Staggeringly, Cicerone is Andrew Telling’s 20th film for cycling brand Rapha but he’s already told them it’s his best. “I’ve put my cards on the table,” he says, “and I have this rare feeling of content with it, for now.”
Telling the story of a mega road trip through Europe, the film sidesteps so many cliches in favour of showing an honest vision of road cycling. The film is quiet and stripped back, with long, still shots of scenery, peppered with a few moments of action. With beautifully composed shots of the awesome scenery, which could easily stand alone as a landscape photo series, and footage of the cyclists sewn together, it makes for a compelling and moving narrative.
“I’m focused on finding simplicity in my work now,” Andrew explains, “being more confident to hold a shot for longer, or just allow the music to be louder like we do at the end of the film."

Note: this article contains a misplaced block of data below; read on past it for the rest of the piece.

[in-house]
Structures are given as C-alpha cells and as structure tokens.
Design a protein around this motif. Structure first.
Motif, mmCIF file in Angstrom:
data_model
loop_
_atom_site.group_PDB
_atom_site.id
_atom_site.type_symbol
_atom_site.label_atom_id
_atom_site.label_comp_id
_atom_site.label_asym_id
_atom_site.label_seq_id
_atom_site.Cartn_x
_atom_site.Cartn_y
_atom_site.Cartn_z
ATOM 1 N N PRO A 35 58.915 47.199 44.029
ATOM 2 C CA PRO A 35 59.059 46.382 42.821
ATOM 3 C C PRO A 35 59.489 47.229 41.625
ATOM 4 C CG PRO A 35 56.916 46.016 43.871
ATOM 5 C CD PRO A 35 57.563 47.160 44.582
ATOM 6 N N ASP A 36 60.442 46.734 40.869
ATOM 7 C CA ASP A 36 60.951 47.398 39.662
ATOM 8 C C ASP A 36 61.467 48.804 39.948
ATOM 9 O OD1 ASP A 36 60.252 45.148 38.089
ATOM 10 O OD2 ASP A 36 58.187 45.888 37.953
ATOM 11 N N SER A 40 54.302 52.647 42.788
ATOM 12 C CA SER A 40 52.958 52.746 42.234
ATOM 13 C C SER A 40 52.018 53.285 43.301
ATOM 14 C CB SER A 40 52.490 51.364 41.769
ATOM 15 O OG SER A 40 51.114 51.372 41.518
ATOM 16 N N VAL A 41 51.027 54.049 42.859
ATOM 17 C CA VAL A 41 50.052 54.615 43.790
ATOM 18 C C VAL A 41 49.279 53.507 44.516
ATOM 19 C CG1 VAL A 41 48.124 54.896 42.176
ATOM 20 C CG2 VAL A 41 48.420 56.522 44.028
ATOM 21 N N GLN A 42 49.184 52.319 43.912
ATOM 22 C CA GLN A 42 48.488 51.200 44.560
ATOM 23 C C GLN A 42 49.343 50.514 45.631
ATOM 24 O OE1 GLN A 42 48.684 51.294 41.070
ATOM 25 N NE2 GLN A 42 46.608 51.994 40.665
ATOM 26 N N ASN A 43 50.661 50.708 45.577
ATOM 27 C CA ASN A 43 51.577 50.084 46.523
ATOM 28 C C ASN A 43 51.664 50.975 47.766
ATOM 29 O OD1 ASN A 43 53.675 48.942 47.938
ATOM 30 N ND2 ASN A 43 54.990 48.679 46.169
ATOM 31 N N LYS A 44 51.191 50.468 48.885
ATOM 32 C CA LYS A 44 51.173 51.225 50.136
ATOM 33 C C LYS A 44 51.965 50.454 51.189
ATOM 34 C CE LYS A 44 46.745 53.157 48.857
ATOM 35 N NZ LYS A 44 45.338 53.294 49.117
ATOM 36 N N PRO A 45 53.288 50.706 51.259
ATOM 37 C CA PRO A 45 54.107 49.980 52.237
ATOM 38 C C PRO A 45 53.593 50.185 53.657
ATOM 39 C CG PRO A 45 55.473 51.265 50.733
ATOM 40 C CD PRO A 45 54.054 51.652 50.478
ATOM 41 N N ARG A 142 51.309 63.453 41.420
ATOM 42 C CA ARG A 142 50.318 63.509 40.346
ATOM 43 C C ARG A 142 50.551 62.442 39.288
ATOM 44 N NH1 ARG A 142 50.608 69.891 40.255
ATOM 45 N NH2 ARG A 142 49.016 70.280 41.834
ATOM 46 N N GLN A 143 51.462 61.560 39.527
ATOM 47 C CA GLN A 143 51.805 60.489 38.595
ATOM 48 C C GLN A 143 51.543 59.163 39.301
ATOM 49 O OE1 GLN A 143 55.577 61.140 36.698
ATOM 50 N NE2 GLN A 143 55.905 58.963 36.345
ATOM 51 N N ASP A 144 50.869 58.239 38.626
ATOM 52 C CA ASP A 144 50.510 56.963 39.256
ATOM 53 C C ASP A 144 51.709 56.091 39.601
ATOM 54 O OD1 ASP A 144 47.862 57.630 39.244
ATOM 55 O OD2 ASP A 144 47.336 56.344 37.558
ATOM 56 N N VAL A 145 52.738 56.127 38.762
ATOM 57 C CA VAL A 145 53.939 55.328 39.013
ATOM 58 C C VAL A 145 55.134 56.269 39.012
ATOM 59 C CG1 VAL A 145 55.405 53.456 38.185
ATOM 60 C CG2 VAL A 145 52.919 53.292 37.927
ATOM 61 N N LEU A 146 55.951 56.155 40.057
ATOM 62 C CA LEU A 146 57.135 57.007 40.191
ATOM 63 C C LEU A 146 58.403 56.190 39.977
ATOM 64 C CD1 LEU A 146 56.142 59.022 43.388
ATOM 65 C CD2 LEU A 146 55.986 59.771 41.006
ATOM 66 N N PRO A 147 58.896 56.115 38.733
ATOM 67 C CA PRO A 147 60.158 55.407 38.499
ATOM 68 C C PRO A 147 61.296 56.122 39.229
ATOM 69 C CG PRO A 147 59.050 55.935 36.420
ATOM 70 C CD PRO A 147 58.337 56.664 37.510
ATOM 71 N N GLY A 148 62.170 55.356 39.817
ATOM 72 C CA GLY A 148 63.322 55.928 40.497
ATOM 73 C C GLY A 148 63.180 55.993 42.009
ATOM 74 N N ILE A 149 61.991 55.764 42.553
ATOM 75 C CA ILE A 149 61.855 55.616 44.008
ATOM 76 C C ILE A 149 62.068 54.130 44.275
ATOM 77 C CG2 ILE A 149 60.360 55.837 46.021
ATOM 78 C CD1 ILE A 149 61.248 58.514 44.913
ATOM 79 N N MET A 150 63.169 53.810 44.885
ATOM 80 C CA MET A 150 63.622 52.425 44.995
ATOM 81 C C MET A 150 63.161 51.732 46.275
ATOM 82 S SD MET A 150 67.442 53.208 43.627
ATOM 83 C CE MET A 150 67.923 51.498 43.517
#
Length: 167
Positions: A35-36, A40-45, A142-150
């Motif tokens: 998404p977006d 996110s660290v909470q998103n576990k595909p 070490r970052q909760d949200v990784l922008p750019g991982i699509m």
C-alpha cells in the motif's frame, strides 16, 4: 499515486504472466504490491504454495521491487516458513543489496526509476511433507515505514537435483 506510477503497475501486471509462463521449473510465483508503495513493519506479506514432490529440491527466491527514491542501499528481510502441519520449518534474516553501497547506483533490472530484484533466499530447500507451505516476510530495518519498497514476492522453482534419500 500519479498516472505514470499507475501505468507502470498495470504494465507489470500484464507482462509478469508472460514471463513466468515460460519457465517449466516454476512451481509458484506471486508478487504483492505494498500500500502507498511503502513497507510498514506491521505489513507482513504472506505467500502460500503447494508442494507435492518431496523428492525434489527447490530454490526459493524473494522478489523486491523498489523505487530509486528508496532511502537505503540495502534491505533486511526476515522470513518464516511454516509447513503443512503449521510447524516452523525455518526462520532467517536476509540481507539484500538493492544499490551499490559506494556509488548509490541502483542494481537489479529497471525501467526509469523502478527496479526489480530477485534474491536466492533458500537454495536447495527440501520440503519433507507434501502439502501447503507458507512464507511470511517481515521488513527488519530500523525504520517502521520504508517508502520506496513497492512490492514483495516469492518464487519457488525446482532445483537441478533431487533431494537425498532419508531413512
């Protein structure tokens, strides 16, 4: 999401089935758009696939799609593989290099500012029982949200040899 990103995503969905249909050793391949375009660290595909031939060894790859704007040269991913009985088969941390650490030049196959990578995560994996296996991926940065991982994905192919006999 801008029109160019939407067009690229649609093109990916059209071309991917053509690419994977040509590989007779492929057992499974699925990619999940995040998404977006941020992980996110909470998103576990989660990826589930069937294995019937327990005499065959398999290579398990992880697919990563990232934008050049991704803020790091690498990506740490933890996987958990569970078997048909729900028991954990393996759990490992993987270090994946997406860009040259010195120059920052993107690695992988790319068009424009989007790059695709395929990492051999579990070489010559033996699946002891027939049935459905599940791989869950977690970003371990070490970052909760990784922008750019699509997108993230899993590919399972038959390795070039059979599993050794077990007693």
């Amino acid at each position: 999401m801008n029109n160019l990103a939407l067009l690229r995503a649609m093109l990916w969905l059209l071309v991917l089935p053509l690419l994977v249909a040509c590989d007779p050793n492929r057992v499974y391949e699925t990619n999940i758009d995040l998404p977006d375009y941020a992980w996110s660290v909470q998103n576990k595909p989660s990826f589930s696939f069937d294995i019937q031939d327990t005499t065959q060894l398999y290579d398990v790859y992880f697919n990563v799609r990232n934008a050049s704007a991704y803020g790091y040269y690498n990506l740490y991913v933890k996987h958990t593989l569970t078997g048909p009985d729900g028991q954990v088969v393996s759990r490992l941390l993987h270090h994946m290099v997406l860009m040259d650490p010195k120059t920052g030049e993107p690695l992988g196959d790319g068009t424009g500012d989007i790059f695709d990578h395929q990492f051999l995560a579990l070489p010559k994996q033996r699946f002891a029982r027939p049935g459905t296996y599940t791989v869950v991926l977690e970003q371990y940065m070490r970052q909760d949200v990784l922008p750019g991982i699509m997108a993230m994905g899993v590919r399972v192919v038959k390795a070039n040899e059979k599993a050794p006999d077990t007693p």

“I knew it had to be predominantly wide frame to give a sense of scale, but this would also provide me with a style to transition from. These are complemented by closer portraiture shots, to show the fatigue both Walter [Beckers] and Kendal [Noctor] were going through. I definitely held back for the first few days – it all felt too sunny and perfect, and I wanted to wait for them to get comfortable and less camera-aware.”
Andrew says that natural surroundings provided both advantages and challenges to his project. The varying light added a rich colour palette and character, painting the cyclists in warmer and darker tones “which mirrored how their bodies and minds were feeling throughout the trip”. Meanwhile it also kept him on his toes technically. “You’re at the mercy of the mountains and the weather, and forces you to make immediate decisions with shots otherwise they’re lost forever.”
Ultimately Andrew wanted it to be a real document of the people and places on this epic trip. “It’s about framing them as friends and individuals, showing the slowness and grit of riding climbs but also the bumps and fast descents. So there’s no slow-mo or camera gimmicks. I got to really immerse myself and find the story to tell.”